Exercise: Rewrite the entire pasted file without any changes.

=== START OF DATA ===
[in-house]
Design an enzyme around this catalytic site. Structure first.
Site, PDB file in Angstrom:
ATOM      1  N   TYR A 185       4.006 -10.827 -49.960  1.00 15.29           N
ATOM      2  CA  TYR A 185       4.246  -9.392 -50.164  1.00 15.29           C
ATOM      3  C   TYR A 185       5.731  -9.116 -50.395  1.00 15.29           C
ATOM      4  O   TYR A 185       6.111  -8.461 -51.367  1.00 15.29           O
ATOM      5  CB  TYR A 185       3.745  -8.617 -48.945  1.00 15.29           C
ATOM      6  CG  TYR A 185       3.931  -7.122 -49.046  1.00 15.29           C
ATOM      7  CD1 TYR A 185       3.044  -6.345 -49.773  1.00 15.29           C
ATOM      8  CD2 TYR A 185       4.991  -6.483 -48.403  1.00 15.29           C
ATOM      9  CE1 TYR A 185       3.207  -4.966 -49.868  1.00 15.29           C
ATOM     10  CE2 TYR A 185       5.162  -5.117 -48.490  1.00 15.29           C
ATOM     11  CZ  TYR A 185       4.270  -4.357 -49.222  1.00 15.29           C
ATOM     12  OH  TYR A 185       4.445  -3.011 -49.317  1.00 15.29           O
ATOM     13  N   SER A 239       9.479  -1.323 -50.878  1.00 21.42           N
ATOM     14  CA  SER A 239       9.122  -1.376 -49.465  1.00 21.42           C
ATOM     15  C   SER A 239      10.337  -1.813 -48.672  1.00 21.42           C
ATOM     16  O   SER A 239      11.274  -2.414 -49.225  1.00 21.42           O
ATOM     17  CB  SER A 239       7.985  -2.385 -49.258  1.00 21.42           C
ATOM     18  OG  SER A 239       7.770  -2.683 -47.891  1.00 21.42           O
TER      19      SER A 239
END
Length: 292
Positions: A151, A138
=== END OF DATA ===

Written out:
[in-house]
Design an enzyme around this catalytic site. Structure first.
Site, PDB file in Angstrom:
ATOM      1  N   TYR A 185       4.006 -10.827 -49.960  1.00 15.29           N
ATOM      2  CA  TYR A 185       4.246  -9.392 -50.164  1.00 15.29           C
ATOM      3  C   TYR A 185       5.731  -9.116 -50.395  1.00 15.29           C
ATOM      4  O   TYR A 185       6.111  -8.461 -51.367  1.00 15.29           O
ATOM      5  CB  TYR A 185       3.745  -8.617 -48.945  1.00 15.29           C
ATOM      6  CG  TYR A 185       3.931  -7.122 -49.046  1.00 15.29           C
ATOM      7  CD1 TYR A 185       3.044  -6.345 -49.773  1.00 15.29           C
ATOM      8  CD2 TYR A 185       4.991  -6.483 -48.403  1.00 15.29           C
ATOM      9  CE1 TYR A 185       3.207  -4.966 -49.868  1.00 15.29           C
ATOM     10  CE2 TYR A 185       5.162  -5.117 -48.490  1.00 15.29           C
ATOM     11  CZ  TYR A 185       4.270  -4.357 -49.222  1.00 15.29           C
ATOM     12  OH  TYR A 185       4.445  -3.011 -49.317  1.00 15.29           O
ATOM     13  N   SER A 239       9.479  -1.323 -50.878  1.00 21.42           N
ATOM     14  CA  SER A 239       9.122  -1.376 -49.465  1.00 21.42           C
ATOM     15  C   SER A 239      10.337  -1.813 -48.672  1.00 21.42           C
ATOM     16  O   SER A 239      11.274  -2.414 -49.225  1.00 21.42           O
ATOM     17  CB  SER A 239       7.985  -2.385 -49.258  1.00 21.42           C
ATOM     18  OG  SER A 239       7.770  -2.683 -47.891  1.00 21.42           O
TER      19      SER A 239
END
Length: 292
Positions: A151, A138